“Stories are about making the “other” world that your audience can access”: Ivy Ngeow (Author)

interview with ivy ngeow author of the american boyfriend
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Amritesh Mukherjee from Team P3 is in conversation with author Ivy Ngeow.

Ivy Ngeow was born and raised in Johor Bahru, Malaysia. Her debut, Cry of the Flying Rhino (2017), was awarded the International Proverse Prize in Hong Kong. Her novels include Heart of Glass (2018), Overboard (2020), and White Crane Strikes (2022).

She is the commissioning editor of the Asian Anthology New Writing series. The American Boyfriend was longlisted for the Avon x Mushens Entertainment Prize for Commercial Fiction Writers of Colour 2022. She lives in London.

Amritesh Mukherjee from Team P3 recently caught up with her at the Jaipur Literature Festival early this year.

Amritesh Mukherjee: How has your experience at the Jaipur Literature Festival this year so far?

Ivy Ngeow: I enjoyed every minute at the Jaipur Lit Fest 2024. It’s my first time here in India and Jaipur, and I have found the experience very real and heart-warming.

Amritesh Mukherjee: How has your background in architecture and interior design shaped the creative process in your writing?

Ivy Ngeow: Having design training shapes the way we think about how our world is made. Stories are about making the “other” world that your audience can access. It’s about creating a satisfying and rich set of experiences curated and put together in a meaningful context.

Amritesh Mukherjee: What have been some of your literary influences growing up? 

Ivy Ngeow: Growing up, I was reading what everybody else was reading, like the school lists. I was fond of modern American writers such as Ernest Hemingway and Harper Lee. I was also fond of U.K. writers like George Orwell. Especially du Maurier. Rebecca is my favourite book.

Amritesh Mukherjee: How did growing up in Johor Bahru influence your writing and your choice of themes?

Ivy Ngeow

Ivy Ngeow: Growing up in Johor Bahru, I always felt that I must leave Johor Bahru to do something great. It’s a huge city that is primarily green, industrial, and probably 75 percent working class. I was hungry for culture and art, something that stimulates life experiences and my mind. I always sought inspiration in the library, museum, or galleries. I found it hard to get it from the popular culture and media because there was none. So, I found my other world and life in books and reading.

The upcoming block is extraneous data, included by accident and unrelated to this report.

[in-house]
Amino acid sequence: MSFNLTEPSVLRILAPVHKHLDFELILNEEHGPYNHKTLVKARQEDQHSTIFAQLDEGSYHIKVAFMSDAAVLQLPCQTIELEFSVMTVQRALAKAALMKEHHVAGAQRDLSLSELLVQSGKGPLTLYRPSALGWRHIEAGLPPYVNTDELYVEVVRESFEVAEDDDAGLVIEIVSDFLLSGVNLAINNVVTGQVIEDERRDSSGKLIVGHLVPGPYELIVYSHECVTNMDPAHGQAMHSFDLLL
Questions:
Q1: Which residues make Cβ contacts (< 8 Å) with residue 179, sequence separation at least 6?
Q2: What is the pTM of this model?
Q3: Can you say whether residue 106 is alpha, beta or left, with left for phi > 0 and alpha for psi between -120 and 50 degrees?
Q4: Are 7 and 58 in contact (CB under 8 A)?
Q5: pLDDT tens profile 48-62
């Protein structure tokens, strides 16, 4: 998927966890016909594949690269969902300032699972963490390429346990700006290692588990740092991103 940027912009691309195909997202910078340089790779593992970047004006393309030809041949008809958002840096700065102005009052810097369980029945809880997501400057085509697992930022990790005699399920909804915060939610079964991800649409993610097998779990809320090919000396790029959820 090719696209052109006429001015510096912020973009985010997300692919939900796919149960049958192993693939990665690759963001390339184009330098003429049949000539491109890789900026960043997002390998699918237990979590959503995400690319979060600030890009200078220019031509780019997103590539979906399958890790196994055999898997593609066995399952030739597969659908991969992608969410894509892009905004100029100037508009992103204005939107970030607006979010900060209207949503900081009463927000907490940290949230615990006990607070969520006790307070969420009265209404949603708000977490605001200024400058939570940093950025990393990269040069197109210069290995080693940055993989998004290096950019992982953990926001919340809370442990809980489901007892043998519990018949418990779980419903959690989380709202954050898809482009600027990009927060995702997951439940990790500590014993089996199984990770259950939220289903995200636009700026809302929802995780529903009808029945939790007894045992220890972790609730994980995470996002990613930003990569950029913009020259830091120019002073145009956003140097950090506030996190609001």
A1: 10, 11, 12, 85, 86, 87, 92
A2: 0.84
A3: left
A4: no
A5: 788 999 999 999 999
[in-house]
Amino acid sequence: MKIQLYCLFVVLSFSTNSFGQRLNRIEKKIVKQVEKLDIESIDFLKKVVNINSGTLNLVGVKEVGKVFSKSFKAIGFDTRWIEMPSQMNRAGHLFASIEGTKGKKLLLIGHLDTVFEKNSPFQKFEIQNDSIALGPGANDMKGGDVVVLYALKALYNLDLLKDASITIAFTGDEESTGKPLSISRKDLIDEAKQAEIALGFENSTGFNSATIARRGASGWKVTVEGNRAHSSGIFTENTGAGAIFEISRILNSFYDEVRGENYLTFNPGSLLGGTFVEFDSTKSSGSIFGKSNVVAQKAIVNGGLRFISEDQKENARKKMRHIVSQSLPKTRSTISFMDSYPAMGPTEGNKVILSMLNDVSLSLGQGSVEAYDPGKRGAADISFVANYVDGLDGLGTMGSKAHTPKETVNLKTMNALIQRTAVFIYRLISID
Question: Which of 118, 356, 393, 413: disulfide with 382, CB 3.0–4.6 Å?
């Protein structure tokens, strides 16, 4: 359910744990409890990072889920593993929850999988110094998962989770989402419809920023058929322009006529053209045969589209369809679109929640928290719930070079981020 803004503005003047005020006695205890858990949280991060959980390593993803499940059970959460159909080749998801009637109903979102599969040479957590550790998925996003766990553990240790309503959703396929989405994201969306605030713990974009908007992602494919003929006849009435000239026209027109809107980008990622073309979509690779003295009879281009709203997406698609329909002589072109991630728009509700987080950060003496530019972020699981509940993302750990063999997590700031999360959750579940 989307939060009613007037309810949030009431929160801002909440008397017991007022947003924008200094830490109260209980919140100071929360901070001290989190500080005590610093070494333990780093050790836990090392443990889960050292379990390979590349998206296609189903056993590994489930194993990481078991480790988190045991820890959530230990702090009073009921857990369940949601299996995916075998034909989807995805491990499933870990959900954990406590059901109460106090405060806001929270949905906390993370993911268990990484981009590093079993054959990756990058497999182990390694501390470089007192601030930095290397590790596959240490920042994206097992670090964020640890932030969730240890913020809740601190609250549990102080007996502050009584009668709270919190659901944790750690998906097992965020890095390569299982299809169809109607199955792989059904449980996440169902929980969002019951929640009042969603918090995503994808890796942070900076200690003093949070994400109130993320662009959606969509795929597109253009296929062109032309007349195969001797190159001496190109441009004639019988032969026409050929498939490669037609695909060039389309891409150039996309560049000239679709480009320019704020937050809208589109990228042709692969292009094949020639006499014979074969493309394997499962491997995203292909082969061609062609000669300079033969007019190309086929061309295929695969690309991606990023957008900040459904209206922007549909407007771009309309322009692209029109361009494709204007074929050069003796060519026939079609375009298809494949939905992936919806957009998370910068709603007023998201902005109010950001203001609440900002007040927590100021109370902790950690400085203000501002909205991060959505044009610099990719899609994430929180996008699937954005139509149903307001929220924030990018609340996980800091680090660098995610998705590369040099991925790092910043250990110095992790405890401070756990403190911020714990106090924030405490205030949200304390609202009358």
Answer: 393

As a child, my mother took me to Johore Central Store, an Indian Muslim bookshop. It’s the classic old bookshop with books from floor to ceiling. Every corner, every space was filled with books on everything you could look for. That was my dream shop. And the other was the library because my mother got me a library card when I was nine. She was also a schoolteacher. So, she brought back books from her school library. With those, I was kept very satisfied and happy. I grew up with only a bike, a piano, and a library card. That was my world in Johor Bahru.

Amritesh Mukherjee: In that process of reading while growing up, where did the inspiration to become a writer come from?

Ivy Ngeow: I was always interested in telling stories. I felt that books were things that were written by others for me. I never thought that I’d be a writer. I didn’t know that writing involved making up stories, and I enjoyed them. And I also enjoyed extending my reading process by rethinking endings or the characters. What I didn’t realize was that that was writing. You create something and recreate it. It came organically to me. They always say that if writing is your calling, it will keep calling.

Amritesh Mukherjee: How do you approach the specific diversity in your writing, characters, themes, and settings?

Ivy Ngeow: I like diverse settings and characters because I enjoy mirroring the world that we live in now. When I travel, I see people from everywhere in the world. When I go to a restaurant, I see people from everywhere. And that is part of our modern life. You know, modernity. To enjoy that and not share it seems dumb. If you give that sense of how varied our lives are nowadays, the modern life with social media and so on, readers will absorb that. They understand that, too. This is contemporary life now.

Amritesh Mukherjee: Can you share some insights about your upcoming projects?

Ivy Ngeow: Right now, my only project is this India Book Tour in five cities. That is taking up my focus. When the tour ends, I will revisit an abandoned manuscript I wrote but had to stop. I’m hoping to work on that.

Amritesh Mukherjee: Are there any new genres or avenues you are eager to explore in the coming time?

Ivy Ngeow: Okay, this is a very exciting question. I’m going to explore immigrant life in London more. It is a shaky and sensitive topic because there is no one immigrant life. We are all living our own unique experiences because we’ve all come at different times in different places, from other worlds. Writing about London will open not just the reader’s eyes but my own eyes to how I have come to be in this situation.

You can also watch this interview with Ivy Ngeow on our YouTube channel, The Purple Corner.


Amritesh Mukherjee

Amritesh Mukherjee

Amritesh doesn't know what to do with his life, so he writes. He also doesn't know what to write, so he reads. Gift him a book if you chance upon him and he'll love you forever.

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